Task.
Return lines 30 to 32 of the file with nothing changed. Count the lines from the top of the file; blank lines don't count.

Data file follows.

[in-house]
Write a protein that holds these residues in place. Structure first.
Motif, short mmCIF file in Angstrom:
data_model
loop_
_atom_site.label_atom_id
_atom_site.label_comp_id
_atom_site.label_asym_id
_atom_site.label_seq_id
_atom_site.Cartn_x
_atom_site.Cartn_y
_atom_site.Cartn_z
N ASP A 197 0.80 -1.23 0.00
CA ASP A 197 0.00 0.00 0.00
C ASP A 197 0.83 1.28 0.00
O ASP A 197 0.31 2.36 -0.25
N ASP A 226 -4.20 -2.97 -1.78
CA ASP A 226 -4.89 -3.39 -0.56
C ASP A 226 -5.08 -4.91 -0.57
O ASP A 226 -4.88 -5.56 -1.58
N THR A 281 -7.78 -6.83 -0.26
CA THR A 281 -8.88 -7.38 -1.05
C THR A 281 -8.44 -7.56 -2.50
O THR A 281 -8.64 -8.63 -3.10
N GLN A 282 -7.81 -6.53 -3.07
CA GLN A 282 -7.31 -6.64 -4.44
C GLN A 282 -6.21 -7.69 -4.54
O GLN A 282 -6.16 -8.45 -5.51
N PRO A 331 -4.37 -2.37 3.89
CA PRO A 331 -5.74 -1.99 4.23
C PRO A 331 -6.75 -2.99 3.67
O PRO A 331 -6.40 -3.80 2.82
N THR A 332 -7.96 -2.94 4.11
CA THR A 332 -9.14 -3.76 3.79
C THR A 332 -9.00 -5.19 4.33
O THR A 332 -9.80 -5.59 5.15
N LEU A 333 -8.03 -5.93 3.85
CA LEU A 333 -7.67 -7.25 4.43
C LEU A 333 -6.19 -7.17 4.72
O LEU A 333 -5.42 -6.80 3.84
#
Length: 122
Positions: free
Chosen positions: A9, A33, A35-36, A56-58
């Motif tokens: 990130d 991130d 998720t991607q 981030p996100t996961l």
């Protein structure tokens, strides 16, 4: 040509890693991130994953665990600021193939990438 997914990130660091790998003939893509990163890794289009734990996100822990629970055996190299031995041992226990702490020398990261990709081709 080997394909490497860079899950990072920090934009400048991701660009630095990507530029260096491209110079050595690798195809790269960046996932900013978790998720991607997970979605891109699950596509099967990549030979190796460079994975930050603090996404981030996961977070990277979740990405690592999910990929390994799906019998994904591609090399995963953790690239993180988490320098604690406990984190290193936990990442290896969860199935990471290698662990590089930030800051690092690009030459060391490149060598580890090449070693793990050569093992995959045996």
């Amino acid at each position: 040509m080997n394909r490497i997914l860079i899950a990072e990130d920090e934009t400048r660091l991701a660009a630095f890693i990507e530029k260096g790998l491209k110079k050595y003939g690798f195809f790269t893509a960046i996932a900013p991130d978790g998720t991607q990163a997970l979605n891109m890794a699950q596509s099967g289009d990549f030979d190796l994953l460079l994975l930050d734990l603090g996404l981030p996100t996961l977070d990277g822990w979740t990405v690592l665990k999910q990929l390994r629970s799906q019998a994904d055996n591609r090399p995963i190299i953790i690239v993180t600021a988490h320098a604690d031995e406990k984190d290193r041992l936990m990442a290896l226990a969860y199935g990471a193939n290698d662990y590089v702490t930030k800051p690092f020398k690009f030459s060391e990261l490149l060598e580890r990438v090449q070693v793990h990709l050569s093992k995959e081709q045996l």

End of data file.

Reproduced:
CA PRO A 331 -5.74 -1.99 4.23
C PRO A 331 -6.75 -2.99 3.67
O PRO A 331 -6.40 -3.80 2.82